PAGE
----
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Forestry chief resigns over Bugala

By Vision Reporter

Added 10th December 2006 03:00 AM

THE Executive Director of the National Forestry Authority (NFA), Olav Bjella has resigned, citing a disagreement with the government over the allocation of more forest land to a private company for the cultivation of palm trees.

THE Executive Director of the National Forestry Authority (NFA), Olav Bjella has resigned, citing a disagreement with the government over the allocation of more forest land to a private company for the cultivation of palm trees.

Gerald Tenywa

THE Executive Director of the National Forestry Authority (NFA), Olav Bjella has resigned, citing a disagreement with the government over the allocation of more forest land to a private company for the cultivation of palm trees.

“It was unavoidable,” the Norwegian told The New Vision. “We have been locked in a disagreement with the government over granting a license to BIDCO.”

His resignation comes days after a meeting in which President Museveni told the environment minister and top forestry officials to expedite the allocation of more forest reserve land on Bugala Island in Kalangala district to BIDCO.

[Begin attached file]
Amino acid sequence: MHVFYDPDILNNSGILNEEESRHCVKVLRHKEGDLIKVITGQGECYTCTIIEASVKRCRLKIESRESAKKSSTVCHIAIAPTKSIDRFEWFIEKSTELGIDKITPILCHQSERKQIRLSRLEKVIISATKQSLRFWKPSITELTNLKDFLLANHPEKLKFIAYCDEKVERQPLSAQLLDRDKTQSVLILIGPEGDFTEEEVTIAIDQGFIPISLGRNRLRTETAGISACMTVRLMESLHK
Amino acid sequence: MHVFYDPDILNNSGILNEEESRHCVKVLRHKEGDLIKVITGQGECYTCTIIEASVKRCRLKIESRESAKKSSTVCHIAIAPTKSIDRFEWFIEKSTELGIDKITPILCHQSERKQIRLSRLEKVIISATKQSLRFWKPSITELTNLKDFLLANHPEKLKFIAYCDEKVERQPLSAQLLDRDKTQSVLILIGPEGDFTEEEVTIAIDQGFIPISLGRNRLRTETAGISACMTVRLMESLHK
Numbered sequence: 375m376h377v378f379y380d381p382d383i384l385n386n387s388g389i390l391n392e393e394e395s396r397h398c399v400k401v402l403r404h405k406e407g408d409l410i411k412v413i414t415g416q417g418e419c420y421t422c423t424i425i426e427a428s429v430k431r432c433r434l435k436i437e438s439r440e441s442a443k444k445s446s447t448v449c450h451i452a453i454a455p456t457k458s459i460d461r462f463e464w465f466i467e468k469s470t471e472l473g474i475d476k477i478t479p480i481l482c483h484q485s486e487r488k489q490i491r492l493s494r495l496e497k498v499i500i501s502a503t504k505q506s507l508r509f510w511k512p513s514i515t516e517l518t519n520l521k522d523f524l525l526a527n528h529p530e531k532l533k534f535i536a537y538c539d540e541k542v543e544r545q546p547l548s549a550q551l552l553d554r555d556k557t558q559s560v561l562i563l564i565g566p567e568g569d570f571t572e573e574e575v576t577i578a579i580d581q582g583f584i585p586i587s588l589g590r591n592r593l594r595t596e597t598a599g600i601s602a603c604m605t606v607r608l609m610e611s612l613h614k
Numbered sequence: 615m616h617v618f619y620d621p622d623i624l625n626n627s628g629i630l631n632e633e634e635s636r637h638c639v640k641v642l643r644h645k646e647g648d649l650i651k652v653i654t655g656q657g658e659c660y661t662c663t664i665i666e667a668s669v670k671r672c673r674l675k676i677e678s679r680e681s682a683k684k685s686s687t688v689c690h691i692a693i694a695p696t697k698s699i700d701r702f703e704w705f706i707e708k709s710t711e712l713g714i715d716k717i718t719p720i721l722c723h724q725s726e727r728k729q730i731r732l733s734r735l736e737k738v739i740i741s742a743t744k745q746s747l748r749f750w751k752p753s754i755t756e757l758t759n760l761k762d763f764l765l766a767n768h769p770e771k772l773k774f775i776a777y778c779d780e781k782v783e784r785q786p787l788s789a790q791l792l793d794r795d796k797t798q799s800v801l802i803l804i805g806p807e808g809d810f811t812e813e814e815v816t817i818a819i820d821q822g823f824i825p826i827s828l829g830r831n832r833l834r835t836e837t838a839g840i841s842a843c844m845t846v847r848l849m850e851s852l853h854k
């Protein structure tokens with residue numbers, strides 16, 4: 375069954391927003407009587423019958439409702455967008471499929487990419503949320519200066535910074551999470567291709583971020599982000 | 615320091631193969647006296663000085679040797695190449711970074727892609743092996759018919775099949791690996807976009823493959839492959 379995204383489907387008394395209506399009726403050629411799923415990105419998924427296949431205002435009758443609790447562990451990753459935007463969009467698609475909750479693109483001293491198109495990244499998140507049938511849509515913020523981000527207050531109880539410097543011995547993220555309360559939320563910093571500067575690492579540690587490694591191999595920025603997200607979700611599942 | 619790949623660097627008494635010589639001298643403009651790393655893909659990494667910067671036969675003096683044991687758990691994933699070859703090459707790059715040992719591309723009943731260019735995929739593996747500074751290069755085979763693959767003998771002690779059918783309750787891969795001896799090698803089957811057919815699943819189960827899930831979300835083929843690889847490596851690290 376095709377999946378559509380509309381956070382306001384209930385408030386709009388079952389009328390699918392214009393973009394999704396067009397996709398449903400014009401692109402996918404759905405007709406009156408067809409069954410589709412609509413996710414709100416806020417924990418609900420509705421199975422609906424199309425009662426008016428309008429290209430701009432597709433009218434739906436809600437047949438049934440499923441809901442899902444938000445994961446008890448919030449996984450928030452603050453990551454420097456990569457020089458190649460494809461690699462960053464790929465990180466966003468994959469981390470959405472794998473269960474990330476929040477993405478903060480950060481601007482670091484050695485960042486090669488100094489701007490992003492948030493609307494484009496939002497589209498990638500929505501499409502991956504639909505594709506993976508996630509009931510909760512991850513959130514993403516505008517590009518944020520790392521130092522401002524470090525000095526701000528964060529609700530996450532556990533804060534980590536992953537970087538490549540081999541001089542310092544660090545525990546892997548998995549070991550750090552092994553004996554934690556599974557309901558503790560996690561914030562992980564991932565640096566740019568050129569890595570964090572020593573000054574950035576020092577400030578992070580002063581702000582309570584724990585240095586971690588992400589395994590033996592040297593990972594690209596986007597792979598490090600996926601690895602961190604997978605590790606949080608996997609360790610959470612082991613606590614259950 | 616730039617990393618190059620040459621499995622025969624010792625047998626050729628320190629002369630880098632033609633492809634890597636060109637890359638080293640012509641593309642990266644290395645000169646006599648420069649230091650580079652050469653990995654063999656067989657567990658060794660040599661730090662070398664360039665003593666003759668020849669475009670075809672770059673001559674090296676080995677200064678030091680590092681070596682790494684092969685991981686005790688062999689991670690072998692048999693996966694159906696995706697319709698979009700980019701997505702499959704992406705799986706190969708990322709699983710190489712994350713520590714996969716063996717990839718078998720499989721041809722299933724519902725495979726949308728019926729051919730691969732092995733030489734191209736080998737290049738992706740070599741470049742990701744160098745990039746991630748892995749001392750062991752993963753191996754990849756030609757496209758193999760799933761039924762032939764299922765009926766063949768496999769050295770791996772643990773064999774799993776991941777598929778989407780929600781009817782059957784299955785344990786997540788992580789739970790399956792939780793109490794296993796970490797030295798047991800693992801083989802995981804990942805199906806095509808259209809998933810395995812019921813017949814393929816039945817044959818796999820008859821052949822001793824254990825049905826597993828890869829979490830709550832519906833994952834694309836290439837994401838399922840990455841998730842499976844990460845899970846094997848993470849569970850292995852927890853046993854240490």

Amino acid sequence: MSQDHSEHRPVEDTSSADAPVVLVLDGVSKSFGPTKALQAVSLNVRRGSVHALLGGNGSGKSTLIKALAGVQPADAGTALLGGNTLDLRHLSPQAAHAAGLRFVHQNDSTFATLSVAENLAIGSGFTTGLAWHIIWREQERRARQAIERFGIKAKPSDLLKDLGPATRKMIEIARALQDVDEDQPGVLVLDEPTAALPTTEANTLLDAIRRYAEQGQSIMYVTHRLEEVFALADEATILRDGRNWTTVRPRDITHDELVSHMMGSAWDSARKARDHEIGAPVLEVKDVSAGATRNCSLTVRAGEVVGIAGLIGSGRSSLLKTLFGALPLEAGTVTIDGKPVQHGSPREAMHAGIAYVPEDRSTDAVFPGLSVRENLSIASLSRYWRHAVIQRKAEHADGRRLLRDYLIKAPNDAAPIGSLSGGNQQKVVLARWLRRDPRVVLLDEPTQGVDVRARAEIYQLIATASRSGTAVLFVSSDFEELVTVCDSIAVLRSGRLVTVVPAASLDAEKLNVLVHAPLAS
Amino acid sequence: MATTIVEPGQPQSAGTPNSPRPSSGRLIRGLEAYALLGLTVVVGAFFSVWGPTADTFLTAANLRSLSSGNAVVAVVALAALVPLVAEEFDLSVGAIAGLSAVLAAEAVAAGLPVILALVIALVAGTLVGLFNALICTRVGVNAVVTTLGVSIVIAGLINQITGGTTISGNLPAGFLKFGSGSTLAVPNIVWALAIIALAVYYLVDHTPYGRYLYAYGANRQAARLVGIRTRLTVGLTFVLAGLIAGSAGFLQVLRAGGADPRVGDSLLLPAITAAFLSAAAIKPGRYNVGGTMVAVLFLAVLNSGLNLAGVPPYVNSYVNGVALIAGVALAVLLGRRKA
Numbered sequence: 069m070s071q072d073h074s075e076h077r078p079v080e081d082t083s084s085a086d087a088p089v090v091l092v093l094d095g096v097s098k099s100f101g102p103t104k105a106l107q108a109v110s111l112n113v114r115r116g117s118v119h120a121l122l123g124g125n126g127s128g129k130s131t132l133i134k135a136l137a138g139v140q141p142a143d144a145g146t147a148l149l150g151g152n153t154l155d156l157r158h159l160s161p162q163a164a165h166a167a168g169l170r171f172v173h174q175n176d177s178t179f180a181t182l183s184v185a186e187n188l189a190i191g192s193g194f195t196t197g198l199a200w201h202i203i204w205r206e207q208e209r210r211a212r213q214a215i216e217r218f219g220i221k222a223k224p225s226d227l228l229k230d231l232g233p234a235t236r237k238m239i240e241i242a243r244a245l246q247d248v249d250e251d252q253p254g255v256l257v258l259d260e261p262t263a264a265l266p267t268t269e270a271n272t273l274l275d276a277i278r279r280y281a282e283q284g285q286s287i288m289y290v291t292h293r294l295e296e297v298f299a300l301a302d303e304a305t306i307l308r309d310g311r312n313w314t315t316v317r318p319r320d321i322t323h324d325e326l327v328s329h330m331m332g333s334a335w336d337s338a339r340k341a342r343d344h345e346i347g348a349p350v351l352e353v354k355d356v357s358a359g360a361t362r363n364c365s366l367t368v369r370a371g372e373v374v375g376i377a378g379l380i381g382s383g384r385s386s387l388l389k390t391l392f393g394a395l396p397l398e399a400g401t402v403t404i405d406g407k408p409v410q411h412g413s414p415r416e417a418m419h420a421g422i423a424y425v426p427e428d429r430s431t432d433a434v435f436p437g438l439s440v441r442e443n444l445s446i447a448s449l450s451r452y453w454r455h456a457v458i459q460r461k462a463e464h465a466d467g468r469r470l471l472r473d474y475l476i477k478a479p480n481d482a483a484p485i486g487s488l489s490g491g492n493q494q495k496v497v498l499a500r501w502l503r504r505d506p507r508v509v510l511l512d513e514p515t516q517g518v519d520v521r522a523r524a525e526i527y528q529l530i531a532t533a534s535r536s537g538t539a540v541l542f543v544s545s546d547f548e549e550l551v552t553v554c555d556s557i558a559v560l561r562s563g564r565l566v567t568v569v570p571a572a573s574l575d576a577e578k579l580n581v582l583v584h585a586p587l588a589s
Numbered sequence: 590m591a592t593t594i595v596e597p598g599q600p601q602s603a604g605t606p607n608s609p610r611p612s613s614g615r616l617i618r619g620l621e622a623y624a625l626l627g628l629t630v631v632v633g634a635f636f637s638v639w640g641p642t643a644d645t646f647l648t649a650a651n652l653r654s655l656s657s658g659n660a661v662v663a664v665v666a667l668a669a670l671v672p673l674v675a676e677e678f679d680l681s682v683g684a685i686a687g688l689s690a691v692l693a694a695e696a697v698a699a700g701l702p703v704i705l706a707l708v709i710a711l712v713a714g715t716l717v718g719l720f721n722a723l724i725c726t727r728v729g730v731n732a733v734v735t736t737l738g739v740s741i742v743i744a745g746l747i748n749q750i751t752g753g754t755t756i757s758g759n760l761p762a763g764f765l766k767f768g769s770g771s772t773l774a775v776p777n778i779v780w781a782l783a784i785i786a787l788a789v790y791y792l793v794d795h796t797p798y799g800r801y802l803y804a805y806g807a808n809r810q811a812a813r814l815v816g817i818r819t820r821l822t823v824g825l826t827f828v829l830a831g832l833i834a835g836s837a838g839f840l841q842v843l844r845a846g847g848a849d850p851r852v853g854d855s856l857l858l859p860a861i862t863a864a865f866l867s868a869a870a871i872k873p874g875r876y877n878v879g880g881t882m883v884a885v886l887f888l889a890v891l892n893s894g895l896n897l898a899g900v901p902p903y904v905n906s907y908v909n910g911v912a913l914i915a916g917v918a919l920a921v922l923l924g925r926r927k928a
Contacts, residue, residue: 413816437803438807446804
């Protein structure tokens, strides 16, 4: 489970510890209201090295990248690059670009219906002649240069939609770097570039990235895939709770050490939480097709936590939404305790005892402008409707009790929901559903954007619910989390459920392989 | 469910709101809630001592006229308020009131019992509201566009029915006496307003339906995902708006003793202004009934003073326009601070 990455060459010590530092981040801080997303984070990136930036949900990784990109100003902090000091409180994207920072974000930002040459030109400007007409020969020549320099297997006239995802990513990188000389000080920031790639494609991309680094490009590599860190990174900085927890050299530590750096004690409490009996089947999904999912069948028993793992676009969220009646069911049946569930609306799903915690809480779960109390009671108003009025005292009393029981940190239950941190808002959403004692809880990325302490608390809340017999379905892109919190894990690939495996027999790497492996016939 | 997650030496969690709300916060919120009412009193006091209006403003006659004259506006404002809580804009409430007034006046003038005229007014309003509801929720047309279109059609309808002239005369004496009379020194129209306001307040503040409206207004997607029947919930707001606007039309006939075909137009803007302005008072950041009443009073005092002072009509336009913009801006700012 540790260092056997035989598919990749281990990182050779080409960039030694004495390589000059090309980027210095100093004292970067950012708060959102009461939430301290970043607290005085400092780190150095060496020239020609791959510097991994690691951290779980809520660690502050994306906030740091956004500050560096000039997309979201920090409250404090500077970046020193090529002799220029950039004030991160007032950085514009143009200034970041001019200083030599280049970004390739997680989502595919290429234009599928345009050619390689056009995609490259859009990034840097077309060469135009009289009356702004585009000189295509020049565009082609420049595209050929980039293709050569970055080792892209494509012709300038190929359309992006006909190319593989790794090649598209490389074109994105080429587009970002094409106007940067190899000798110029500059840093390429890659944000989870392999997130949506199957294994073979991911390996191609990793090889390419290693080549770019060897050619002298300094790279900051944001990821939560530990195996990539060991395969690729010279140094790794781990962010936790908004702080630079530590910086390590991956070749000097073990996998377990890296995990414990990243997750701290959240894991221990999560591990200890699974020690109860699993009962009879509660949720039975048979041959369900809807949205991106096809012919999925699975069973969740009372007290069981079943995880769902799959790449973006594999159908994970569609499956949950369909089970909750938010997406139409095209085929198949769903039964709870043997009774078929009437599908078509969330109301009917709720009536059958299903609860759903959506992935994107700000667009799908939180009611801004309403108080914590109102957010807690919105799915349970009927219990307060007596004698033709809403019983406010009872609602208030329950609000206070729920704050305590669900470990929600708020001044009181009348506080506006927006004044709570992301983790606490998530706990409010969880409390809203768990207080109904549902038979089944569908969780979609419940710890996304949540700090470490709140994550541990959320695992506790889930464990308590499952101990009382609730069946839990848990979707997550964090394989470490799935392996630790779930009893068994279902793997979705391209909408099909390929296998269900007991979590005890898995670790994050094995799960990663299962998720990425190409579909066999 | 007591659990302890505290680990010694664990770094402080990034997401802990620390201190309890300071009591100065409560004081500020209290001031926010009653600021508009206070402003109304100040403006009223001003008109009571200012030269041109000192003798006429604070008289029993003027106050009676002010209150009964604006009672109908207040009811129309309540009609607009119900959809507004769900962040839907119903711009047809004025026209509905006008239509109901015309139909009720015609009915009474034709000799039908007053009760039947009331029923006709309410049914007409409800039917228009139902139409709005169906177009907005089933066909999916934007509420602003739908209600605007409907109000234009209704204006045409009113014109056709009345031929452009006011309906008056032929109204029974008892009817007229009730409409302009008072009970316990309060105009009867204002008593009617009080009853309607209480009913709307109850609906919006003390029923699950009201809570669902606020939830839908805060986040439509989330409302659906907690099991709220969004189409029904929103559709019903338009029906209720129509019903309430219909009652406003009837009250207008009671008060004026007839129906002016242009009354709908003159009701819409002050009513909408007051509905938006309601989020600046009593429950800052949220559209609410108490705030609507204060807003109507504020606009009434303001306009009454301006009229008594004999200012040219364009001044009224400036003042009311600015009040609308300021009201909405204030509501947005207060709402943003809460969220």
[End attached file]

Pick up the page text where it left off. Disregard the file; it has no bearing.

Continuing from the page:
Bjella said Museveni advised them to choose between giving a license to BIDCO or resigning.

“Museveni is firm on this. He wants NFA to give a permit. If not, be sacked,” the Norwegian said.

He added that it is up to parliament to discuss and approve the change of land use. “We do not have the legal mandate to give a license,” said Bjella.

The outgoing Executive Director is concerned about the fate of the 506 forest reserves in Uganda. “There is a lot of pressure on forest reserves because encroachers are cutting down trees at will and we cannot evict them because of a directive of the President.”

Bjella has been replaced by the organisation’s human resource manager, Hope Rwaguma. He is the fourth person to resign at NFA. Earlier, the director of field operations, Stephen Nsita, the director of technical services, Isaac Kapalaga and the director corporate affairs, Edward Mupada, threw in the towel over the same issue. In October, the chairperson of the board, Dr. John Kaboggoza, was replaced by former lands minister, Baguma Isoke.

In a reaction, Baguma confirmed that the government had asked the Forestry Authority to find land for the cultivation of palm trees. He said the viability of palm oil production requires about 20,000 hectares. “It is a decision which was supported by FAO and the World Bank years ago,’’ Baguma stressed.

He said NFA would give advice on the course of action. “If they say degazette then that is the path we shall follow.’’

The Advocates Coalition for Development and Environment (ACODE) warned two weeks ago that a permit should not be given for changing the land use of a protected area.

“A permit is only given for activities like eco-tourism and tree planting, which do not destroy the forest reserve and protect the interest of the public,” said Godber Tumushabe, the ACODE chief.

Forestry chief resigns over Bugala

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